BI’s Article search uses Boolean search capabilities. If you are not familiar with these principles, here are some quick tips.

To search specifically for more than one word, put the search term in quotation marks. For example, “workers compensation”. This will limit your search to that combination of words.

To search for a combination of terms, use quotations and the & symbol. For example, “hurricane” & “loss”.

Login Register Subscribe

Parametric cover gains ground in hard market

ski resort

Parametric insurance is gaining traction as traditional insurance prices continue to harden and companies operating in the sector build up a claims payment history, industry observers say.

The coverage, though, which is based on an index or threshold rather than being triggered by a specific loss, remains a specialist area that is used to address a specific risk or a shortfall in traditional insurance programs, some say.

Areas covered by the products have expanded — for example, with the recent launch of parametric insurance coverages for cyber exposures. 

Parametric coverage comes in various formats. One often-cited example is coverage for a ski resort as protection against a lack of snowfall. Should a specific minimum snowfall — such as 12 inches in a specified period — not be reached, a payout could be triggered, regardless of whether the ski resort lost money. 

Parametrics are often tied to a single, measurable threshold or index, and payments can be made comparatively quickly, often within 30 days of a loss, experts say. 

Megan Linkin, New York-based senior parametric nat cat structurer for Swiss Re Corporate Solutions, said claims in North America have frequently been settled within 14 days. Among Swiss Re’s offerings are parametric hail coverage, available in the U.S. since 2020, and its Pop Storm platform, where hurricane limits up to $5 million can be bound online in a parametric policy. Other products address hurricane and earthquake risks, she said. In addition to hurricane, earthquake is another leading peril covered by parametrics.

Demonstrating claims payments is a key component in building trust in the product, Ms. Linkin said. 

“An additional piece of education that has helped make the case with clients is the claims. That claims history has definitely helped,” she said, in terms of building client confidence and demonstrating the products will respond and perform as described.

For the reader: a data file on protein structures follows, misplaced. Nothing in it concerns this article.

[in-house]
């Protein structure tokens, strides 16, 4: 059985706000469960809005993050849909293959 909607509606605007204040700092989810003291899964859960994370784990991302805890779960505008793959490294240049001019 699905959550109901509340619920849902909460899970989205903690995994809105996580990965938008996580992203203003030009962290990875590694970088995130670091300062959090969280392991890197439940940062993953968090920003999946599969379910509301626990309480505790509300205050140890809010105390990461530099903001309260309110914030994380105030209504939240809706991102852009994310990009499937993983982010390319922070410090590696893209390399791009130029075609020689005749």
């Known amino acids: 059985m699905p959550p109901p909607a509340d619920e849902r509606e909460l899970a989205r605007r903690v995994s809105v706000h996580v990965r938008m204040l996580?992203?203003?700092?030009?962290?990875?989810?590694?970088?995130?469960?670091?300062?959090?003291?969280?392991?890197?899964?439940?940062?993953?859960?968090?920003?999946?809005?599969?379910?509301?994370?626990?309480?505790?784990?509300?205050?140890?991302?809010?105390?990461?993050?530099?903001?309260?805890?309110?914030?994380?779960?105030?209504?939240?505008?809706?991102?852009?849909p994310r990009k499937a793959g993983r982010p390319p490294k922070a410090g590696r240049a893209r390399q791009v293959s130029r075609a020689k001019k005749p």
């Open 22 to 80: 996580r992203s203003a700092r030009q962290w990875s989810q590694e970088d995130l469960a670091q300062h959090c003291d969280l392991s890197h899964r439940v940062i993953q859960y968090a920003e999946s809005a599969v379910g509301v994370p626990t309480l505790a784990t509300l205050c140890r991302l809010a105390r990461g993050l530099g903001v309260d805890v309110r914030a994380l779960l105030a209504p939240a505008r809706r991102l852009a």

Ms. Linkin added that Swiss Re has had claims under its hail coverage for all three years it has been in effect and payouts have occurred with other products for hurricanes and earthquakes in North America and Asia Pacific. 

“Paying claims is the end goal of insurance. We are exposed to more than 60 geographies and 20 perils and have paid claims due to frosts, cyclones, wildfires, droughts and hailstorms,” said Tanguy Touffut, co-founder and CEO of Paris-based Descartes Underwriting SAS.

Parametrics, though, appear more limited in scope than traditional insurance when covering a specific risk, and thus more expensive, said Susan Hiteshew, vice president of risk management for AvalonBay Communities Inc., an Arlington, Virginia-based real estate investment trust.

“You are very proscriptive in what you’re covering, and that’s generally a narrower scope than what a traditional insurance policy would cover, so on a relative basis it appears more expensive,” Ms. Hiteshew said, adding she has reviewed such coverage for more than one company but has yet to use it.

The coverage can be a useful tool for risk professionals addressing a specific risk or shortfall in an overall program, she said.

Parametric coverage can also provide an additional avenue to capacity amid a firm property market in which traditional capacity is constricted, said Cole Mayer, senior structurer, North America, in San Francisco for Swiss Re Corporate Solutions. 

“Market disruption is forcing folks to really think about how they transfer natural catastrophe risk,” Mr. Mayer said. Some policyholders are adding parametric coverage to their risk management “toolbox” and using it to cover deductibles and exclusions or gaps left by traditional coverages, he said.